Natural Communities of NH -- Photo Guide

Coastal salt pond marsh  (S1)



Coastal salt pond marshes
are a broadly defined community type with vegetation zones distributed along hydrologic and salinity gradients. They are wetlands lying beyond the upper reach of spring tides but periodically infused with salt water during storm events. Basins are typically seasonally to semi-permanently flooded. They support a greater number of freshwater shallow emergent marsh species closer to their upper margins and medium-depth emergent marsh species tolerant of wetter, more brackish conditions in lower areas. Salinities fluctuate seasonally and yearly in response to freshwater input, evaporation, and periodic infusion with salt water.

In New Hampshire, this only known occurrence of this community is at Odiorne Point State Park in Rye. During a 1997 field survey at this site, water chemistry is characterized by a brackish to slightly brackish salinity and an average pH of 8.2. The marsh is separated from the coastal shoreline by a cobble ridge rising up to 12 ft. above mean sea level. The northern end of this ridge drops to approximately 7.5 ft. above mean sea level and shows recent evidence of wave action overtopping the barrier and depositing salt water and small amounts of sand into the marsh. The southern end of the cobble ridge is slightly higher (9-10 ft. above mean sea level) and has several furrows on its backside formed by breaching storm waves. The seasonally flooded soils consist of a 25 cm thick O horizon overlying a gravelly silt loam containing scattered coarse sand. Depth to bedrock (Rye Formation) in one soil pit was 35 cm. Scattered outcrops are exposed in the marsh. As of 2010, the vegetation composition of this community was heavily impacted by non-native invasive species .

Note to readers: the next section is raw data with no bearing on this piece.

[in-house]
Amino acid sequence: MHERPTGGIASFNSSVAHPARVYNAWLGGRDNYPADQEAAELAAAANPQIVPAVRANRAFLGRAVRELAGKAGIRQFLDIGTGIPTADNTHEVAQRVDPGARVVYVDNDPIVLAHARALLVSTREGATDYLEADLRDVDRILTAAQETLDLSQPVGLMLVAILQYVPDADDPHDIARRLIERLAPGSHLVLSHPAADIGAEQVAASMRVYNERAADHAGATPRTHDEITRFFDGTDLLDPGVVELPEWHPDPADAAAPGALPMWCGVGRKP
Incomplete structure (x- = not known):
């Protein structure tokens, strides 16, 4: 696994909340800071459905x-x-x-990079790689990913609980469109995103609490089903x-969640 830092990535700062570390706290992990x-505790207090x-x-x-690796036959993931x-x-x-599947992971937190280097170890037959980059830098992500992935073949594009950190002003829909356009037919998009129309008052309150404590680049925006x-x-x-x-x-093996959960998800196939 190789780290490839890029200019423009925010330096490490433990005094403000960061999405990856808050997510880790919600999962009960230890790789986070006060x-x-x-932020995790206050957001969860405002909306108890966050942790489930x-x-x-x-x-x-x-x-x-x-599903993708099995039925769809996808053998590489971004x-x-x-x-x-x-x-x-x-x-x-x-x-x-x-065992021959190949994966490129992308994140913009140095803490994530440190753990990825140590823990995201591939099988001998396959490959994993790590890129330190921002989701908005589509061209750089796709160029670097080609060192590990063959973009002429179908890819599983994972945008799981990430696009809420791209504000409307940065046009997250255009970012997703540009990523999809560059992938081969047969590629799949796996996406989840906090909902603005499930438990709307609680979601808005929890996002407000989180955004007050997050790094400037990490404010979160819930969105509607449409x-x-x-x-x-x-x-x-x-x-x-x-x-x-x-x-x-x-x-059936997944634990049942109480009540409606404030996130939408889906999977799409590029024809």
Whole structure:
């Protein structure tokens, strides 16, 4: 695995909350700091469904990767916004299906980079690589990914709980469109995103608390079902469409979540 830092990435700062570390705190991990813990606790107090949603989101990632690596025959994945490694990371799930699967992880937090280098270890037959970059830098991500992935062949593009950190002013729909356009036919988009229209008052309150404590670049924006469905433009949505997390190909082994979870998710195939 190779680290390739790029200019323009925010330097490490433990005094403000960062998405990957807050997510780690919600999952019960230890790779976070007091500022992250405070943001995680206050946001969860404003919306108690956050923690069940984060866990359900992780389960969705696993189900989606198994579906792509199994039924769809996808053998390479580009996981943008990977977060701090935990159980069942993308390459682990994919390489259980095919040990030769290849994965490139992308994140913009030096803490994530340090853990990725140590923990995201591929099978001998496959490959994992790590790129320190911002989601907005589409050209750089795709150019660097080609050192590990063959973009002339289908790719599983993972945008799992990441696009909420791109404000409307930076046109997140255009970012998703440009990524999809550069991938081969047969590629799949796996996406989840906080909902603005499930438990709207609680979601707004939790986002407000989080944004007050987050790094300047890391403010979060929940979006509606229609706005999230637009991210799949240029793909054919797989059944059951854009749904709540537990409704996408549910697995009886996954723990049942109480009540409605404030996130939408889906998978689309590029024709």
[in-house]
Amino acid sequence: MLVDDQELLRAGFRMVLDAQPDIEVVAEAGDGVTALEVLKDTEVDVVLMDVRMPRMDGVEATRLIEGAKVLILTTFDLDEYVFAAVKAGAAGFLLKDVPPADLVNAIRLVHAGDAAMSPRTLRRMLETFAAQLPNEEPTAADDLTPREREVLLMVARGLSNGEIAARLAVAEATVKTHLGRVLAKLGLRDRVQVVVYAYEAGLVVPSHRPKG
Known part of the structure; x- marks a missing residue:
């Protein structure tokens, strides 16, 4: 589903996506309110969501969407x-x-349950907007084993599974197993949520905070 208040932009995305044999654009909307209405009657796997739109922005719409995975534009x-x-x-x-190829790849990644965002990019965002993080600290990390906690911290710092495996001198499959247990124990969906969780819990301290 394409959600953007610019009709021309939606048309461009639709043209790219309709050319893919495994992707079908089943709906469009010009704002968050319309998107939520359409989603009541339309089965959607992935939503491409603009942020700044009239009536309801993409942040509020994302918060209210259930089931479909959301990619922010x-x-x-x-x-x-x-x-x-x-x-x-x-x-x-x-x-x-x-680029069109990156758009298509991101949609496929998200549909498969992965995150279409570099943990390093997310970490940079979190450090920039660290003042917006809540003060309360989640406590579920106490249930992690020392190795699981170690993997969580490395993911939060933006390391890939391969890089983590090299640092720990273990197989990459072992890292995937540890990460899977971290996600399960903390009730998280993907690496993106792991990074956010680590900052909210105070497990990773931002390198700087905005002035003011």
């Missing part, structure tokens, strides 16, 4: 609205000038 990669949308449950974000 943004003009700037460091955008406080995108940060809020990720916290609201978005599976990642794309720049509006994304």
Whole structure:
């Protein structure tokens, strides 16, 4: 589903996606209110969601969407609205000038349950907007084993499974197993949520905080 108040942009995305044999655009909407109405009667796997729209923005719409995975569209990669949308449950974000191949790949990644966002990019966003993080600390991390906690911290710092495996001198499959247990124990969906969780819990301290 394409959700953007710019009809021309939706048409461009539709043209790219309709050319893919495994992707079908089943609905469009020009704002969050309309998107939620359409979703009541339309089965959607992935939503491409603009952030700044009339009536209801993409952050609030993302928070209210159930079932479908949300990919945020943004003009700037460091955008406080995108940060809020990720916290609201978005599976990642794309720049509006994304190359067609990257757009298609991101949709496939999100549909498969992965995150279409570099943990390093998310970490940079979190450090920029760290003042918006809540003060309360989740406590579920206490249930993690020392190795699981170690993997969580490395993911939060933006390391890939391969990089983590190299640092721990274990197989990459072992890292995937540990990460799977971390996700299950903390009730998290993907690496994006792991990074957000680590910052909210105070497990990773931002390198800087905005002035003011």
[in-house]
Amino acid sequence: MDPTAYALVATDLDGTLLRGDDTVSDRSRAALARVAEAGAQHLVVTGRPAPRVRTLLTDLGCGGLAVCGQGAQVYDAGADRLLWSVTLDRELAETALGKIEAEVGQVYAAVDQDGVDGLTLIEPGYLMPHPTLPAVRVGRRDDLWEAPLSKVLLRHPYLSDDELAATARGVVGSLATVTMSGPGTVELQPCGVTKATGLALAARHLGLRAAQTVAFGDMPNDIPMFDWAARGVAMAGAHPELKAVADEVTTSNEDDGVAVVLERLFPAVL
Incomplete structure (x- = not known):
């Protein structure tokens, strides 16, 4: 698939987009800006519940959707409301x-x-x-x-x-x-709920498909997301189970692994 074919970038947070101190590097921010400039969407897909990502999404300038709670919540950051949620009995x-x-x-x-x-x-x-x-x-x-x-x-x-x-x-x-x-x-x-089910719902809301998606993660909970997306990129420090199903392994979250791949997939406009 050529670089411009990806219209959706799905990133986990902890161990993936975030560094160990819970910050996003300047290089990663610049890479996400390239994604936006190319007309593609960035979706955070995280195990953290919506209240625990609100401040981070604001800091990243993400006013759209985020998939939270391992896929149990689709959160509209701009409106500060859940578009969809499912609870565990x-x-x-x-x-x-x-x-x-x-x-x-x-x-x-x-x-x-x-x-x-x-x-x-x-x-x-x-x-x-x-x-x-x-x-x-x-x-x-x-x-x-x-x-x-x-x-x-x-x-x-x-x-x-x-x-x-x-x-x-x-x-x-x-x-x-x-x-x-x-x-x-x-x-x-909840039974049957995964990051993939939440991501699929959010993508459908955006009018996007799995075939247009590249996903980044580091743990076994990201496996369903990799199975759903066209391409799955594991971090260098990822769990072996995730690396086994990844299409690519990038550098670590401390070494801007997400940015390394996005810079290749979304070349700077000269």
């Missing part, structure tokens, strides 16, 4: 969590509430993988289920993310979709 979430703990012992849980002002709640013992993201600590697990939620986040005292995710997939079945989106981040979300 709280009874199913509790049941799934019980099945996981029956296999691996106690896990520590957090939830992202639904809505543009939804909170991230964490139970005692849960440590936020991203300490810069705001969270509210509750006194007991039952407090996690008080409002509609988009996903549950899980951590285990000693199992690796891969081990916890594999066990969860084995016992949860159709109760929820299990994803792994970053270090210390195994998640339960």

Characteristic vegetation: Vegetation appears to be zonally distributed along hydrologic gradients (flood and saturation duration and salinity). The marsh is dominated by clonal stands of narrow-leaved cattail (Typha angustifolia) and softstem bulrush (Scirpus tabernaemontanii). Lower areas exposed later in the growing season after draw-down are dominated by small spike-rush (Eleocharis parvula), in association with salt-loving spike-rush (E. halophila), olive-brown spike-rush (E. flavescens), saltmarsh bulrush (Scirpus maritimus), and  three-square rush (S. pungens). Fresh-water cord-grass/slough-grass (Spartina pectinata) is abundant on higher ground along the basin edge. Other rare plants occurring in this marsh include coast-blite goosefoot (Chenopodium rubrum) and horned pondweed (Zannichellia palustris).

Other characteristic brackish marsh species include salt marsh plantain (Plantago maritima),  seaside goldenrod (Solidago sempervirens), common reed (Phragmites australis), marsh creeping bent-grass (Agrostis stolonifera), and New York aster (Aster novi-belgii). Many of these species occur in either or both fresh water and brackish habitats, but when found together, they indicate brackish conditions. Several other species found only in freshwater habitats are restricted to higher ground along the basin edge where plant diversity is highest. The uncommon hyssop-leaved loosestrife (Lythrum hyssopifolia) and marsh cord-grass (Spartina caespitosa) also occur here.



Coastal salt pond marsh at Odiorne Point State Park (photo by Ben Kimball for the NH Natural Heritage Bureau)
Coastal salt pond marsh at Odiorne Point State Park (photo by Ben Kimball)

Coastal salt pond marsh at Odiorne Point State Park (photo by Ben Kimball for the NH Natural Heritage Bureau)
Coastal salt pond marsh at Odiorne Point State Park (photo by Ben Kimball)

Aerial photo showing the salt pond marsh at Odiorne Point State Park (source: 2003 color aerials)
Aerial photo showing the salt pond marsh at Odiorne Point State Park (source: 2003 color aerials) 

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